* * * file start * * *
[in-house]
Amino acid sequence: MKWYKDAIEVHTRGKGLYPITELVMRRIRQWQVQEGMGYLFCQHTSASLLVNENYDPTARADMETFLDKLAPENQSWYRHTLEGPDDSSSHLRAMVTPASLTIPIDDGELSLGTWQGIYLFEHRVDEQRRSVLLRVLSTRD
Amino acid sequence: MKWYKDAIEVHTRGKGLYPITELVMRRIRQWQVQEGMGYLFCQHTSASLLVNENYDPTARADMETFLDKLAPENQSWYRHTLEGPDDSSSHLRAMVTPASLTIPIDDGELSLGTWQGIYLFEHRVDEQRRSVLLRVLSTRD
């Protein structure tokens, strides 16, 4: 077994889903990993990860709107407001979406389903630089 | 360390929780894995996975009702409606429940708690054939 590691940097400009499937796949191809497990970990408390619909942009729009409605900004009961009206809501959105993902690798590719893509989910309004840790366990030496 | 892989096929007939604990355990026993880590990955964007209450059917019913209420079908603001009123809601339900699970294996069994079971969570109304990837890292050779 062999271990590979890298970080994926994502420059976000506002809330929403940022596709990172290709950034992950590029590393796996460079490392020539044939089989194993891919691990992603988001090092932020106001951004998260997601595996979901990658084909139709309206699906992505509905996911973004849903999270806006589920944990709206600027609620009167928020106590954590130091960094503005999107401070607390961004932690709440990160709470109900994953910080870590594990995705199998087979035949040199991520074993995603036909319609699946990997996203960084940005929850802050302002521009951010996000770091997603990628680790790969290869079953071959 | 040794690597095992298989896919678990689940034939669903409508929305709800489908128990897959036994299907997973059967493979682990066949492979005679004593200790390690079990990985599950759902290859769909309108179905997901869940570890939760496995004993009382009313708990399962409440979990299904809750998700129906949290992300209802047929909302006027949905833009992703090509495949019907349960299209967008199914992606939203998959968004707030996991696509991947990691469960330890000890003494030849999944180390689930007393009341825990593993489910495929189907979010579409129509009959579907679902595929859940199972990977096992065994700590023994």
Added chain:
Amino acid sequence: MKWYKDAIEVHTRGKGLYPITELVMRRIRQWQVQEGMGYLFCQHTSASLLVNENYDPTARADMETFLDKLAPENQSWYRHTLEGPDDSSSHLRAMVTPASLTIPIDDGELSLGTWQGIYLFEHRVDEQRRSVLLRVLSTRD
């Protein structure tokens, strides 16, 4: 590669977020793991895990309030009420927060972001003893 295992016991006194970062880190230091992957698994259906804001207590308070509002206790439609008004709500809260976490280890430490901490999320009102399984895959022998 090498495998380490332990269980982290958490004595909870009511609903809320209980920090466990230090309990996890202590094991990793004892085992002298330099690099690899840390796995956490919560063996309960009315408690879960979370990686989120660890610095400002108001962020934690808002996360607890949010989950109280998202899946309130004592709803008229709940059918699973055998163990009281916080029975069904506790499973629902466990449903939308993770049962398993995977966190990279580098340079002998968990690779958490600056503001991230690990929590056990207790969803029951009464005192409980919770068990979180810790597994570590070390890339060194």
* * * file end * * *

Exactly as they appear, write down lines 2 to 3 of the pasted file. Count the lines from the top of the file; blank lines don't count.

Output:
Amino acid sequence: MKWYKDAIEVHTRGKGLYPITELVMRRIRQWQVQEGMGYLFCQHTSASLLVNENYDPTARADMETFLDKLAPENQSWYRHTLEGPDDSSSHLRAMVTPASLTIPIDDGELSLGTWQGIYLFEHRVDEQRRSVLLRVLSTRD
Amino acid sequence: MKWYKDAIEVHTRGKGLYPITELVMRRIRQWQVQEGMGYLFCQHTSASLLVNENYDPTARADMETFLDKLAPENQSWYRHTLEGPDDSSSHLRAMVTPASLTIPIDDGELSLGTWQGIYLFEHRVDEQRRSVLLRVLSTRD